Kent: I think one of the key parts of our story is engaging meaningfully in meaningful partnership. You know, what Canadians might be able to learn from this very small initiative, as we emerge from the pandemic and its economic consequences, there’s going to be a need to address macro economic issues. And that’s understandable. But I think historically, we’ve seen that focus on macro economic issues after a crisis tends to obscure or is given preference over local needs, you know, the local needs of workers and local economies and local communities. As we in Canada, as we rebuild our economy, Canadians should focus on local economies, and look to forming meaningful and nimble partnerships that can help rebuild those communities. So maybe that’s getting involved with the local community association and looking for how you can build a partnership with your local government. Those are the kinds of things that are going to help us build back stronger and build back at the local level. And I think that’s a meaningful call to action that comes out of our experience with the Trans Bhutan Trail. 

Dorji: It was very heartening to hear from Kent that the overarching principle or objective of Canada Bhutan Foundation in this engagement is well being and through capacity building and health as well – which actually fits in so well with the new tourism that we are planning now. Because of the pandemic, health and wellbeing, personal well being are coming at the forefront, so now Bhutan is repackaging our tourism, we are actually trying to now rebrand ourselves as an exclusive destination for well being and wellness tourism. So I feel this partnership between tourism and Bhutan Canadian Foundation could continue, even beyond this Trans-Bhutan Trail and into this new tourism that we are thinking of. This project has reconfirmed that all crises will have an opportunity. So I feel that because of this pandemic, the partnership really took off much faster than it was anticipated, I would say. Even the engagement from the Royal government as a part of this economic stimulus plan for tourism, roughly we must have spent about, in this project, 300,000 USD, engaging around up to 600 people, which is in our context quite a big money. And the learning through the leadership and the partnership that is happening – in our context, it comes from Golden Throne, from His Majesty, and also from Bhutan Canada Foundation, I think from them, also the leadership is there, and somehow the harmony of this leadership and the people working in that team from TBT, from Canada Bhutan Foundation, and from TCN, and other members of the Steering Committee, and also going right down to the local government. For me, while I have worked for almost four years in the district level with the people, but a project of this type is actually for me, for the first time, wherein a donor or an international NGO is partnering with the government and actually involving directly the local government and implementing. So this is for me, quite a new kind of experience, while getting engage myself so directly. And so far it has been very successful. And now our vision and challenge is how to continue this and I’m sure we should be able to do this and continue to build on this partnership and engagement of the local community and other partners. And more importantly, to maintain this trail for all the partners.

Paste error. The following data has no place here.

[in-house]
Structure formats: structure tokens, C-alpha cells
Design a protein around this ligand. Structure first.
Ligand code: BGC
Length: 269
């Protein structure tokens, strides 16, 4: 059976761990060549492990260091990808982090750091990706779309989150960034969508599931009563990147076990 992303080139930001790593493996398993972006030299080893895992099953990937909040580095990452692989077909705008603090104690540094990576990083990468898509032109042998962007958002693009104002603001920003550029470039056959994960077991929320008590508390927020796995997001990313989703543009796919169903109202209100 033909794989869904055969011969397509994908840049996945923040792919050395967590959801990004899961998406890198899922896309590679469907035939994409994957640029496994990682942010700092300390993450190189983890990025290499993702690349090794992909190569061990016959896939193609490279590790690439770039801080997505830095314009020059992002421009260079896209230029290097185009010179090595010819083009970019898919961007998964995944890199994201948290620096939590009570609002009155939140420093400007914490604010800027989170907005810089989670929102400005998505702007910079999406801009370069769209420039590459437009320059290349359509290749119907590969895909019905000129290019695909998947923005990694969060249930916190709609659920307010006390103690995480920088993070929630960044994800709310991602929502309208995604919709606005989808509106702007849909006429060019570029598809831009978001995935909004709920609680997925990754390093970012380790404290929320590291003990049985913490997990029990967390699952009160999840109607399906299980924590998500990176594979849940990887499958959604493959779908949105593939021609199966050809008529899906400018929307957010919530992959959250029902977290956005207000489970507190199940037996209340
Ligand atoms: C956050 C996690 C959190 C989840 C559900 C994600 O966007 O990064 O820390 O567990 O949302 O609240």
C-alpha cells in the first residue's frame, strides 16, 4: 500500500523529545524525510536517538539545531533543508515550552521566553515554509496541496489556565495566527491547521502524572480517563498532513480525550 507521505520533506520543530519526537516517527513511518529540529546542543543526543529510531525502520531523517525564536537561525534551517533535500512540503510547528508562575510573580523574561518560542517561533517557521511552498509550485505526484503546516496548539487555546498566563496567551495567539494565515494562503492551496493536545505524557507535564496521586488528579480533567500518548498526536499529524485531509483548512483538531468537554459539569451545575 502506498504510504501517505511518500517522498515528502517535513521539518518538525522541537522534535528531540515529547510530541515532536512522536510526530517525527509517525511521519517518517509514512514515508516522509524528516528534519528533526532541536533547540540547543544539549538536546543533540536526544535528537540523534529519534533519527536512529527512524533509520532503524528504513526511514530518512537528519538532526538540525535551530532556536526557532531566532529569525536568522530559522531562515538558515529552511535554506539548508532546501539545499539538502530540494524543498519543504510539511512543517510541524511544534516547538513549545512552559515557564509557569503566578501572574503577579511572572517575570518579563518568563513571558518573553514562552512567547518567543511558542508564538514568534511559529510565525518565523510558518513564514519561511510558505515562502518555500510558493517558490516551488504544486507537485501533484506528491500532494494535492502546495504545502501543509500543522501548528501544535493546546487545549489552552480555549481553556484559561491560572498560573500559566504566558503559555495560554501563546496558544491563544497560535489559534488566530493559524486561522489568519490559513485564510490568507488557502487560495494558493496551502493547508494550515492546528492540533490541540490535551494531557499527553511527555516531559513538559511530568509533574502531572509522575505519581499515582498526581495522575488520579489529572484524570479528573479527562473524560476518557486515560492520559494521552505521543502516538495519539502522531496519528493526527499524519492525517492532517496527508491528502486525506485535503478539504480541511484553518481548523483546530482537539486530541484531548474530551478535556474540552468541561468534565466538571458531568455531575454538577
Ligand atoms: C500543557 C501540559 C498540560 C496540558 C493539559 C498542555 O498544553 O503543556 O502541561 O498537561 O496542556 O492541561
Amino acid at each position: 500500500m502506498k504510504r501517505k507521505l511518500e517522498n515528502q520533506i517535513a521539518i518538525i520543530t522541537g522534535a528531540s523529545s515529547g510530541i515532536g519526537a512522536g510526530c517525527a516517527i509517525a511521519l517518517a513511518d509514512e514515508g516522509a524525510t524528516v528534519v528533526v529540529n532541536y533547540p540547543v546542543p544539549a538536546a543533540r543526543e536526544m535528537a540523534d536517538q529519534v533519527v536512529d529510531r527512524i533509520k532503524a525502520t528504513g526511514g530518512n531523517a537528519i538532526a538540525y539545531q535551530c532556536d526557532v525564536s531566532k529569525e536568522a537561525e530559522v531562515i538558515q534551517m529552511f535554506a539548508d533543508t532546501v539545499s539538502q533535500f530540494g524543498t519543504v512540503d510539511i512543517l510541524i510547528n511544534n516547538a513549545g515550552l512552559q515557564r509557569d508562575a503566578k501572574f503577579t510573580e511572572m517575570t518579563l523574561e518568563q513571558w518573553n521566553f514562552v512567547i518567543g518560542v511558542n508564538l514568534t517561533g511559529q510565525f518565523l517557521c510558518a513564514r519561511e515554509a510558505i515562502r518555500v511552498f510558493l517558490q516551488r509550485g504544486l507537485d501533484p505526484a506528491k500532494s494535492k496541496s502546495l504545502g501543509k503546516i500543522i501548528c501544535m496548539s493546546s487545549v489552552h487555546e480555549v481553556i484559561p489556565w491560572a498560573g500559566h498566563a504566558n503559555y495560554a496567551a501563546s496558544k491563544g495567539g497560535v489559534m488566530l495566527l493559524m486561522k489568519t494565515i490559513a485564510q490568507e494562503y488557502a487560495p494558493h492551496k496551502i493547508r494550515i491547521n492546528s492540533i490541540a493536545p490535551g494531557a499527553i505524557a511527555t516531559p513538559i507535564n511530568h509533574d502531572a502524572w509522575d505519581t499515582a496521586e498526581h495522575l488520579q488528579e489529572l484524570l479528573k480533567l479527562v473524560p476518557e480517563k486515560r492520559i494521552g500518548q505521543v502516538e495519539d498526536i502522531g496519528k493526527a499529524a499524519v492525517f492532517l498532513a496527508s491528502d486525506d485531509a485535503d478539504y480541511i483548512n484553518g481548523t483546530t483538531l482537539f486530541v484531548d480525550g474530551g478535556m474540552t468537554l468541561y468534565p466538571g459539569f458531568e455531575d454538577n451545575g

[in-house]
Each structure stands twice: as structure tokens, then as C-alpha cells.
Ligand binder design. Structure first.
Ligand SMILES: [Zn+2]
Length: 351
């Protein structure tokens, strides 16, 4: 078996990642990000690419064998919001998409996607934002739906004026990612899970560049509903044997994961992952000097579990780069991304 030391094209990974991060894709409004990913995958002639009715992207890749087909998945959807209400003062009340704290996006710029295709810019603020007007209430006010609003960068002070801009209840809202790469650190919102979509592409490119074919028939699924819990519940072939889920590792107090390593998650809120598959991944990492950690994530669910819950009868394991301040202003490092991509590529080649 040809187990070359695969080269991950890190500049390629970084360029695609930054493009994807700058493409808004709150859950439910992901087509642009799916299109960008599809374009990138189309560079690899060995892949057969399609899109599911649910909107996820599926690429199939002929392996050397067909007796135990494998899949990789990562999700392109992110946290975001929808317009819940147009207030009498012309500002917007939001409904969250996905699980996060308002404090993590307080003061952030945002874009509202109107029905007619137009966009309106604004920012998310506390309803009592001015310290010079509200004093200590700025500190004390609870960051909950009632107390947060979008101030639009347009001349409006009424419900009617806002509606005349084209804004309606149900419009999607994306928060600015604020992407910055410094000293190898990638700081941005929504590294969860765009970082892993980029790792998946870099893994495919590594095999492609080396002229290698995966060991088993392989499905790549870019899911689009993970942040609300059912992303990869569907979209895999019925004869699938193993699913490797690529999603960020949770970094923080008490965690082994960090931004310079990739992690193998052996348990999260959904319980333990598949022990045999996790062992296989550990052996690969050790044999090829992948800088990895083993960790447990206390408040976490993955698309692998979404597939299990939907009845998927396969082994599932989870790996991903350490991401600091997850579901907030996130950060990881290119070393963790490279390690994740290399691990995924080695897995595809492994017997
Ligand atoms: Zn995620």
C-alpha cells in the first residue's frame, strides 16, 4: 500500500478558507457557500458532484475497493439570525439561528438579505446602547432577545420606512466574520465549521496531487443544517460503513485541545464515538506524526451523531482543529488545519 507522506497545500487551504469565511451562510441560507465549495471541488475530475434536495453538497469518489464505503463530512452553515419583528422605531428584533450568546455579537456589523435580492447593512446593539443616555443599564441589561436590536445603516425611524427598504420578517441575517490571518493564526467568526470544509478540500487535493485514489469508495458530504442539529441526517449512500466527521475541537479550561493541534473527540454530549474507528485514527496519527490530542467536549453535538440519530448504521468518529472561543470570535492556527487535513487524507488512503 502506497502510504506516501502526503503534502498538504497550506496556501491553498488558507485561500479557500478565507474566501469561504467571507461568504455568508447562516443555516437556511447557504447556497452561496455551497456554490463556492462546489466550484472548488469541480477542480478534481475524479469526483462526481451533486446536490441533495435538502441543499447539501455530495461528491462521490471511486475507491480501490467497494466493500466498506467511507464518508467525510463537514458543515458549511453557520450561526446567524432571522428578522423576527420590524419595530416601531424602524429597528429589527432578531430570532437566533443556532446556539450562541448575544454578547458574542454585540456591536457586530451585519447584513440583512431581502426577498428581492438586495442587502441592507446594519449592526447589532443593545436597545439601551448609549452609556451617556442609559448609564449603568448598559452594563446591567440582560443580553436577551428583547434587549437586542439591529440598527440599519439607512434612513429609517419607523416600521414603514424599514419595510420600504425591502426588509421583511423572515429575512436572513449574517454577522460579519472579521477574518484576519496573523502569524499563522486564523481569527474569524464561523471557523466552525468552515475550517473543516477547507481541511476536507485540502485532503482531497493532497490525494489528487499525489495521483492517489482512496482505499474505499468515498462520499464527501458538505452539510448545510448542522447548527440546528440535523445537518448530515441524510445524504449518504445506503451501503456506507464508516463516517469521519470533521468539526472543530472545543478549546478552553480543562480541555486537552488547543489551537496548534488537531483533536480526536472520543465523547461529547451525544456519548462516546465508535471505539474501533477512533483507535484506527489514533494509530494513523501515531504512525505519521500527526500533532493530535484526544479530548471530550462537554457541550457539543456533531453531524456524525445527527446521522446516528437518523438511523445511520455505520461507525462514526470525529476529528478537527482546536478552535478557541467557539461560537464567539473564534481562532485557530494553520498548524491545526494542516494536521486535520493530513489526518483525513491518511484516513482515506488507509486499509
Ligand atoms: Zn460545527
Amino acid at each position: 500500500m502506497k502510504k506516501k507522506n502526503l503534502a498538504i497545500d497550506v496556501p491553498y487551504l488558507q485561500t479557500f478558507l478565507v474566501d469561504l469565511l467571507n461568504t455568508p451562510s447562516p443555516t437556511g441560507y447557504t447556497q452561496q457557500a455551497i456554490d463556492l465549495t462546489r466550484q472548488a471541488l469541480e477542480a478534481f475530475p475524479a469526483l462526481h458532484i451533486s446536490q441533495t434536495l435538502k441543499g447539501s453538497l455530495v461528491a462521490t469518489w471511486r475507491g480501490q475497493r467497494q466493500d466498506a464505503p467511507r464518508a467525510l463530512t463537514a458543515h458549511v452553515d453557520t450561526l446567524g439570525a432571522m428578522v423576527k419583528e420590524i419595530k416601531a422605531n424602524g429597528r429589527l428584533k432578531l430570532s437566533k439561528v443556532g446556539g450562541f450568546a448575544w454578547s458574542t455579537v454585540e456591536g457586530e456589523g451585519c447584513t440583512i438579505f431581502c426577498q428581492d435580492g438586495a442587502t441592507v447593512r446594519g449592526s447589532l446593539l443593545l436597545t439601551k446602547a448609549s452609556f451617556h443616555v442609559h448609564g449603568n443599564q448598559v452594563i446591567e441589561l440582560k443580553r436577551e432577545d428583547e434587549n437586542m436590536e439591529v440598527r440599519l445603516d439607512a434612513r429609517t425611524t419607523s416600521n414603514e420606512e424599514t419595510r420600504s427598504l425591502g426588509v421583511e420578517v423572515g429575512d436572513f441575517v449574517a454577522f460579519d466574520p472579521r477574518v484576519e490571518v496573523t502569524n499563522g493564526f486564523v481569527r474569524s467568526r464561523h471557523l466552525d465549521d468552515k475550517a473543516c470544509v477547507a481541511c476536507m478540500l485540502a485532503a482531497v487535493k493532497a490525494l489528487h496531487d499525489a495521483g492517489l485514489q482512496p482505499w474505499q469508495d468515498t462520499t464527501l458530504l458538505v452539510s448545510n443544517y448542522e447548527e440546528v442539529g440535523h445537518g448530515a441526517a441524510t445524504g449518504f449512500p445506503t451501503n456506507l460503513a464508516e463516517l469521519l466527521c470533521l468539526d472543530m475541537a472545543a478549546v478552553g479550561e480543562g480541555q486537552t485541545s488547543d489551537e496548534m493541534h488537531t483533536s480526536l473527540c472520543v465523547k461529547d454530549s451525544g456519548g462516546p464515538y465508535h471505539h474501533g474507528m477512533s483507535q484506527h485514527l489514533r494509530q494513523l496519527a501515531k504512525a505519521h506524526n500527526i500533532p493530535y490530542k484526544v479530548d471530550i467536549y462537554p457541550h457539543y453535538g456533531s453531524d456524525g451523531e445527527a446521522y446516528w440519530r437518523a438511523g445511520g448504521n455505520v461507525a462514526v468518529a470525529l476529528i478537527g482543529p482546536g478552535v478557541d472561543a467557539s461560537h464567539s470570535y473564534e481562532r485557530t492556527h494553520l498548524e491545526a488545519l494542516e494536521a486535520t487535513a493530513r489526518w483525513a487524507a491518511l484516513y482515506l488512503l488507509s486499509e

Stephen: Bhutan is the only carbon negative country in the world, they sequester more carbon than they produce. If we’re going to manage the earth out of the current crisis that we’re in, we need to all take lessons from countries like Bhutan, and learn how to protect our forest, how to rely on renewable energy sources and things like that. And they, you know, Bhutan punches way over its weight. So those are learnings in the much broader context and certainly from my perspective, it was very humbling to be so welcomed, and so well received in the work. Trails are not about paths, they’re about communities. And really just honored to feel such a part of that. I think, on a very simple level, go for a walk, walking is a great meditation. So getting out into the woods, breathing some fresh air, going for a walk, or in our case these days a snowshoe or a cross country ski. It’s really good for your mental health and physical health. And I am so looking forward to being back in Bhutan and walking with our many friends there. And also sharing this extraordinary opportunity with others, once the Paro Airport opens again, and we’re able to visit each other around the planet.

Cathy: I have to say, I really miss Bhutan. It’s a very, very special part of the world. And so I’m sitting right now in my office looking out at the prayer flags in our backyard, and once a person goes to Bhutan, you are never the same again. It’s a very, very special part of the world. And so whether a person chooses to go and treck the full trail or part of the trail, go to Bhutan.

Dorji: Thank you, Cathy, so much for your kind words. And I’d like to join Cathy in welcoming all the listeners to Bhutan, to experience what Cathy has just shared. And I also feel that Bhutan is special for some unknown or unique reason. Our tourism tagline is “happiness is a place”, so that place is Bhutan, so if you want to experience some special happiness, you’re welcome to Bhutan. Happiness is a place – so thank you.

Safa (outro): The revitalization project continues and in so doing functions to bridge the past, present and future, connect communities and serve as a symbol of unity. To connect with the Bhutan Canada Foundation, you can visit their website, https://bhutancanada.org/ , follow them on social media and feel free to send them a message of support. Thank you to all our wonderful guests for sharing their story with us today. Make sure to tune in to the next episode of the Tapestry 2030 podcast as we continue to share other stories from our OCIC membership community.

The Ontario Council for International Cooperation  is an expanding community of members working for global social justice, human dignity and participation for all.  Join us! Visit https://test.ocic.on.ca/ to learn more.